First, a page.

Combining tender, real chicken with mouthwatering cheese and a savory broth, Hartz Delectables Bisque Non-Seafood Recipe Chicken & Cheese Lickable Treats is a great food-topper and paw-fect for senior kitties with trouble chewing.

See Details

A Grain- and Gluten-Free Delight

Cheddar Cheese adds flavor and variety to Buddy Biscuits Grain-Free with Savory Turkey & Cheddar. Quality ingredients with a cheesy meat taste your fur baby will prize.

See Details

Lip-Smacking Goodness

Inaba Chicken Stew Chicken with Cheese Recipe Grain-Free Cat Food Topper is crafted with 100% natural shredded chicken breast and creamy cheese in a savory chicken gelée. (Serve as a topper, side dish or treat; not intended to be a meal.)

See Details

FAQs About Cats Eating Cheese

Q: Can kittens eat cheese?

A: “Avoid it,” says Dr. Bayazit. “Since they’re growing, it’s important to stick with an age-appropriate specifically formulated kitten food. Plus, you don’t want them getting into the habit of eating it.”

Although kittens can handle dairy (their body produces a lactase enzyme that helps them process the lactose in their mother’s milk), between weaning and about six months of age, many lose the enzyme, and then have much less ability to break down lactose. That’s why you might see signs of lactose intolerance in adult cats.

Q: Can all cats eat cheese?

A: Nope, not all our feline friends can indulge in this treat. Some are lactose intolerant and eating any dairy can make them sick. Others have health conditions (they’re overweight, have heart, or kidney disease) and would likely need to avoid high fat content/high sodium foods, like cheese.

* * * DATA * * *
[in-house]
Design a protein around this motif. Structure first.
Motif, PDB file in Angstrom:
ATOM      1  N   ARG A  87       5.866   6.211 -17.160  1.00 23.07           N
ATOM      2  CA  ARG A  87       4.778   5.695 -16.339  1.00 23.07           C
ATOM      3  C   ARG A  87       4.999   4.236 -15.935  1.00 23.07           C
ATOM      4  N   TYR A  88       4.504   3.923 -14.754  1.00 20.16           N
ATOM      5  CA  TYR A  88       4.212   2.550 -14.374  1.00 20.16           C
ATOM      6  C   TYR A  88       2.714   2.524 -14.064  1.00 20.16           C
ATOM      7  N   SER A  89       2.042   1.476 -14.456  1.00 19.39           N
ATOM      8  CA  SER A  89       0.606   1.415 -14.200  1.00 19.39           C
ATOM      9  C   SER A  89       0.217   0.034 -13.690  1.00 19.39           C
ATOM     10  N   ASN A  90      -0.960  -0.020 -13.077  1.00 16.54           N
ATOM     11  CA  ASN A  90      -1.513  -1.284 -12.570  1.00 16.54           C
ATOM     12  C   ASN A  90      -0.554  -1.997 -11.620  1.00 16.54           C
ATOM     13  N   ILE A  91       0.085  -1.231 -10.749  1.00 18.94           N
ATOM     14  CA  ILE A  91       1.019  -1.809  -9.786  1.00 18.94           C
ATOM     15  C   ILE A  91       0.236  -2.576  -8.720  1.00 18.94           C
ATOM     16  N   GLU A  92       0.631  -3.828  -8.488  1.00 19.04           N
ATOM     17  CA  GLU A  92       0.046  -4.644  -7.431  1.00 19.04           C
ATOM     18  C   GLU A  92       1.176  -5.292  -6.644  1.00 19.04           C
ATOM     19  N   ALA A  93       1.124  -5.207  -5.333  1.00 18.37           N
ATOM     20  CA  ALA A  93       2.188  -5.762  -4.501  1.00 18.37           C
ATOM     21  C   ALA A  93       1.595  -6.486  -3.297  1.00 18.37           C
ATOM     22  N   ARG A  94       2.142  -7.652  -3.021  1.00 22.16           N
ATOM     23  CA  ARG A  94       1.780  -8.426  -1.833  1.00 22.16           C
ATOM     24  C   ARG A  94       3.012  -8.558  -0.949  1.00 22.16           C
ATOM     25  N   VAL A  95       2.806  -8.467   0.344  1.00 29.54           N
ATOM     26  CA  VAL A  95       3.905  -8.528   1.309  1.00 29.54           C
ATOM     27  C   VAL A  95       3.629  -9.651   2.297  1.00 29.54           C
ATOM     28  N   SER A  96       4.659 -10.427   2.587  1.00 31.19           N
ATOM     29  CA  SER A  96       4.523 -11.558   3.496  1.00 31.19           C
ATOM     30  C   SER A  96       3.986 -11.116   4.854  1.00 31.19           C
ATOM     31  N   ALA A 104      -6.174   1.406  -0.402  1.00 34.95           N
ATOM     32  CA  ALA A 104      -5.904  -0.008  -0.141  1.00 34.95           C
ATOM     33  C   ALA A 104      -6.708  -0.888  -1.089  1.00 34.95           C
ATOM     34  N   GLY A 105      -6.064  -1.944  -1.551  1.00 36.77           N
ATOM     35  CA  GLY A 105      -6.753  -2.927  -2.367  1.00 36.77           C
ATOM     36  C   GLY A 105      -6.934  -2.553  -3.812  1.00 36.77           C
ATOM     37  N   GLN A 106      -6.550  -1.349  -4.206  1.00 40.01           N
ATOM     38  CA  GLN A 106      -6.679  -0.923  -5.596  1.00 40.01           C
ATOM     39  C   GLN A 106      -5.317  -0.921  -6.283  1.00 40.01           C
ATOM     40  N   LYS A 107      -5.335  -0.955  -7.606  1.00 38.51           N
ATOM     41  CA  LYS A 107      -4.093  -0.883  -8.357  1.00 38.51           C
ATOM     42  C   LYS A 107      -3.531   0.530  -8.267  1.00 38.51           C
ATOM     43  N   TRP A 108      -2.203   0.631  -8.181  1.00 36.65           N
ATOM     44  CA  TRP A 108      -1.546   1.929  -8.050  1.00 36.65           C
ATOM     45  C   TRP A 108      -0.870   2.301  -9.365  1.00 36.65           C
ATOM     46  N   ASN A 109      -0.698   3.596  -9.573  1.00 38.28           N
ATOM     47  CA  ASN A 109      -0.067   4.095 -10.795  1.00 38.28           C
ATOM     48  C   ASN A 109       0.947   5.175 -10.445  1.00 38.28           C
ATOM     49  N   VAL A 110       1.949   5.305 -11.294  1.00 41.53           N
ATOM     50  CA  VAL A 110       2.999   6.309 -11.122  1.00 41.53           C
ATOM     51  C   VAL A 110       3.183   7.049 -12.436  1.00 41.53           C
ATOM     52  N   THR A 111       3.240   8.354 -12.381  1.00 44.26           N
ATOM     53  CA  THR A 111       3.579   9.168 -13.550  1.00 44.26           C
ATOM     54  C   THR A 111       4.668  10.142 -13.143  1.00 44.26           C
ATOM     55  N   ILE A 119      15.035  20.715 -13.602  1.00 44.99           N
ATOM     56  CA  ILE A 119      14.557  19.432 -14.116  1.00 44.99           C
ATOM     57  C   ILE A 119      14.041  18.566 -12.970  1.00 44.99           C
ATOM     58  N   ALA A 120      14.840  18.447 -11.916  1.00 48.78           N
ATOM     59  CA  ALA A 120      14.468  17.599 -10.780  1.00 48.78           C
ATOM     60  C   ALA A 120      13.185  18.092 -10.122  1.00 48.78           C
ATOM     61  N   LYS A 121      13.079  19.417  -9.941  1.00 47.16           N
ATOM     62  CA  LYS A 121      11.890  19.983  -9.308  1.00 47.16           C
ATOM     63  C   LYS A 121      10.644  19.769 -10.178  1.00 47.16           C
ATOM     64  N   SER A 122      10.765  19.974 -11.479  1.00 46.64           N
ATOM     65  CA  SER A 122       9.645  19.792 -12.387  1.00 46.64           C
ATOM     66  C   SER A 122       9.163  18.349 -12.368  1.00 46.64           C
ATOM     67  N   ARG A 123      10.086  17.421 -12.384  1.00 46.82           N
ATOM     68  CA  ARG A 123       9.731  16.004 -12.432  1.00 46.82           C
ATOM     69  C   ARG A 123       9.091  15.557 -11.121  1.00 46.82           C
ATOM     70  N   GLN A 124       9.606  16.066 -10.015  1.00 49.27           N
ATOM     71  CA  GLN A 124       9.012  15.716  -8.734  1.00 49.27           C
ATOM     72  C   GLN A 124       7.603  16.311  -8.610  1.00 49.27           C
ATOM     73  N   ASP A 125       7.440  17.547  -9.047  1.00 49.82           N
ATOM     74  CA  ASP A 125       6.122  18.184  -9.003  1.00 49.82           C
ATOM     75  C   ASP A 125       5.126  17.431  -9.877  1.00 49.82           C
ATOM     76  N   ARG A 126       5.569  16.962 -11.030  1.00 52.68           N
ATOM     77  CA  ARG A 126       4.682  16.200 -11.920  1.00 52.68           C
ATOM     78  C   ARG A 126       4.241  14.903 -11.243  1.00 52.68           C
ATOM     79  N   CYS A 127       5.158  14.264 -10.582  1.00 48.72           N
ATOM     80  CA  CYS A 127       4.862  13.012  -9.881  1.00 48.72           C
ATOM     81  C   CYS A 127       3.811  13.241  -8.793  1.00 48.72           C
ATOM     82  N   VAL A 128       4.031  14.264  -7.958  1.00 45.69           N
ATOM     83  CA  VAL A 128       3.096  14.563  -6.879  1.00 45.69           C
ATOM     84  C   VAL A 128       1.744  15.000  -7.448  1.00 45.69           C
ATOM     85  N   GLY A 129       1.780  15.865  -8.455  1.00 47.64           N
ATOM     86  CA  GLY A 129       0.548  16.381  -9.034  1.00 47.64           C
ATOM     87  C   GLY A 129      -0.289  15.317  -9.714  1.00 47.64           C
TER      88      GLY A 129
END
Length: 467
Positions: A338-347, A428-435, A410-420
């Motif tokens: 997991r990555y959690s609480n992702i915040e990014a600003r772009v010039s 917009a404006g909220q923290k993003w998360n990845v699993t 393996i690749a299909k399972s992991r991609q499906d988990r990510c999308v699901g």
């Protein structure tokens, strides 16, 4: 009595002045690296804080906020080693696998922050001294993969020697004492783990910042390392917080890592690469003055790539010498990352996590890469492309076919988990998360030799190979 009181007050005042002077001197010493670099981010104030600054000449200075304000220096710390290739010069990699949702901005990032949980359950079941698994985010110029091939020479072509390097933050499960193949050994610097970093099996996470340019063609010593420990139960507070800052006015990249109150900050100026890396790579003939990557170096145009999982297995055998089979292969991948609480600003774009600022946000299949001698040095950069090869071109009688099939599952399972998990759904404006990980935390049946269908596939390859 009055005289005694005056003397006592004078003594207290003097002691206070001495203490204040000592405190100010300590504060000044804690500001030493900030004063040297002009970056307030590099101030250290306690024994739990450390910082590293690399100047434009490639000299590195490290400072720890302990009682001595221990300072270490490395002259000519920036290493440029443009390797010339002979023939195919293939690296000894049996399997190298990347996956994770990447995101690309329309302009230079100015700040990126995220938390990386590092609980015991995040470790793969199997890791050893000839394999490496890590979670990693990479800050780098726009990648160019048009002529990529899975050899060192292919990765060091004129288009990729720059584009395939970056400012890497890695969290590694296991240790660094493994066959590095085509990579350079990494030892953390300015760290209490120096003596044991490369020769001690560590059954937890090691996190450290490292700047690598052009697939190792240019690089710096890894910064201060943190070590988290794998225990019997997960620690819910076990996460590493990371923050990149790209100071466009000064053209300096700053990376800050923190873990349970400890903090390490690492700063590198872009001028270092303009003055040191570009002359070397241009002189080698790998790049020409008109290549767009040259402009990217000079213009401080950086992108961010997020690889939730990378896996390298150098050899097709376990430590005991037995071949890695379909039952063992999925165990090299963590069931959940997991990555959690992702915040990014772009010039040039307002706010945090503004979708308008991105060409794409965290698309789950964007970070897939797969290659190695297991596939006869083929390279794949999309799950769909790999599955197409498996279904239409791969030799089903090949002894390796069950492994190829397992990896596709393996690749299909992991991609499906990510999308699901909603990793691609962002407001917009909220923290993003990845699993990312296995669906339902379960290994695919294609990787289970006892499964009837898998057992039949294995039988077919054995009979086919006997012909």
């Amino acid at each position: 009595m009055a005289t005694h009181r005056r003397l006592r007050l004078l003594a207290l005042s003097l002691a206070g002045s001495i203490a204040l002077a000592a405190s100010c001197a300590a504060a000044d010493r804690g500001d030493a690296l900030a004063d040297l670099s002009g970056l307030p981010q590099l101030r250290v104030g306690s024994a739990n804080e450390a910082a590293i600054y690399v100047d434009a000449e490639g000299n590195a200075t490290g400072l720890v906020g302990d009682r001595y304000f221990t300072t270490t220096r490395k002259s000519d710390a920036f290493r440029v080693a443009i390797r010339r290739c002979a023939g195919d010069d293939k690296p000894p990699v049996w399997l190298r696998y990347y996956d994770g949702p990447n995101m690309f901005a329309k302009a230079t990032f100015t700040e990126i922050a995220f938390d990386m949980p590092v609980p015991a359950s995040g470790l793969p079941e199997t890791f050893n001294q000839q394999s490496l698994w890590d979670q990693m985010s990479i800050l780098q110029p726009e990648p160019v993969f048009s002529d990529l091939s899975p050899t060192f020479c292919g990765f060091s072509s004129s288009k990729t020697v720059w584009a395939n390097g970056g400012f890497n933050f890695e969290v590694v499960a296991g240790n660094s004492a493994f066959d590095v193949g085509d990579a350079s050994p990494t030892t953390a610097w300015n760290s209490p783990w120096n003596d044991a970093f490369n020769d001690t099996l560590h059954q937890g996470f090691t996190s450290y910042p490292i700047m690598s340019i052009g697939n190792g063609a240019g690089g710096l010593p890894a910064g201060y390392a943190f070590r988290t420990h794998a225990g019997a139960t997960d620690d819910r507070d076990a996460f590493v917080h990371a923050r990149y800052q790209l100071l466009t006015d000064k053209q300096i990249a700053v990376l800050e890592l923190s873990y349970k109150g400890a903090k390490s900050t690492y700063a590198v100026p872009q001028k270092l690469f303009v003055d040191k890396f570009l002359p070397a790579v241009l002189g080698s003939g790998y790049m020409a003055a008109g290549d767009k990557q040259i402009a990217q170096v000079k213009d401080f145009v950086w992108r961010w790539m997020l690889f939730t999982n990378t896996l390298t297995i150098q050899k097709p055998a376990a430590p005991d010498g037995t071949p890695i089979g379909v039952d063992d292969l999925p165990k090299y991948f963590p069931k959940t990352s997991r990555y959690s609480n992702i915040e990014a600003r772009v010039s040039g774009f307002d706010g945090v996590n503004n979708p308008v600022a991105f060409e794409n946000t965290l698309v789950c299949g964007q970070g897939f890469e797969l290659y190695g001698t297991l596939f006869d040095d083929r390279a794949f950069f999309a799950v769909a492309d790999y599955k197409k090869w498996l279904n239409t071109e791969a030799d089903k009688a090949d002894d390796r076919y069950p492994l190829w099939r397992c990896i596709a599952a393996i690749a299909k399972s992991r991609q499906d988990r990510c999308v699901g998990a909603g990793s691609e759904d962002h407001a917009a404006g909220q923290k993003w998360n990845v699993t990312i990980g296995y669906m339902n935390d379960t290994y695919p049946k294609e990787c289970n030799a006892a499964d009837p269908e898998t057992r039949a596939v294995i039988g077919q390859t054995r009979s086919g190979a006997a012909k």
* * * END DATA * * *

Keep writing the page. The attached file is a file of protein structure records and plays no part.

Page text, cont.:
Q: What happens if a cat eats cheese?

A: There are cats who udderly adore cheese, so it’s not uncommon that they’ll be meowing for more. Others, however, get digestive issues. They just plain can’t tolerate it, or they have dairy allergies. Some signs it doesn’t agree with your kitty include:

  • Vomiting
  • Abdominal pain
  • Gas
  • Diarrhea
  • Red or itchy skin

Q: Can cats eat dairy-free/vegan cheese?

A: “I wouldn’t give it to them,” says Dr. Bayazit. “Non-dairy cheese is no better for cats than regular and is still likely to be high in fat and salt.”

Non-dairy cheese can come with spices or additional ingredients such as onion or garlic which can not only bring on digestive trouble but are actually toxic for felines.

Q: What kind of cheese can cats eat?

A: Certain varieties are better than others. Here’s a checklist:

  • Harder, aged cheeses are considered safe for cats because they’re low in lactose.
  • Cheddar, Swiss, and Parmesan are good choices.
  • Soft cheeses, like mozzarella, which can be higher in lactose, are on the no-fly list.
  • Other no-goes include cheeses with spices, like garlic and onion, in addition to moldy cheeses (blue cheese, for instance), which have Penicillium and can be toxic to pets.

Q: Why does my cat love cheese?

A: That’s an easy one. “Cheese has a high fat content and plenty of protein, both of which cats naturally relish,” says Dr. Bayazit. It’s also salty. (Think about how much you enjoy potato chips and other savory morsels.) Considering that, who can blame them for developing a cheese affinity?

If you’re considering giving cheese to your cat, check with your veterinarian first. Even occasional treats should be factored into your cat’s optimum daily nutritional needs.


By: Rebecca GeigerUpdated: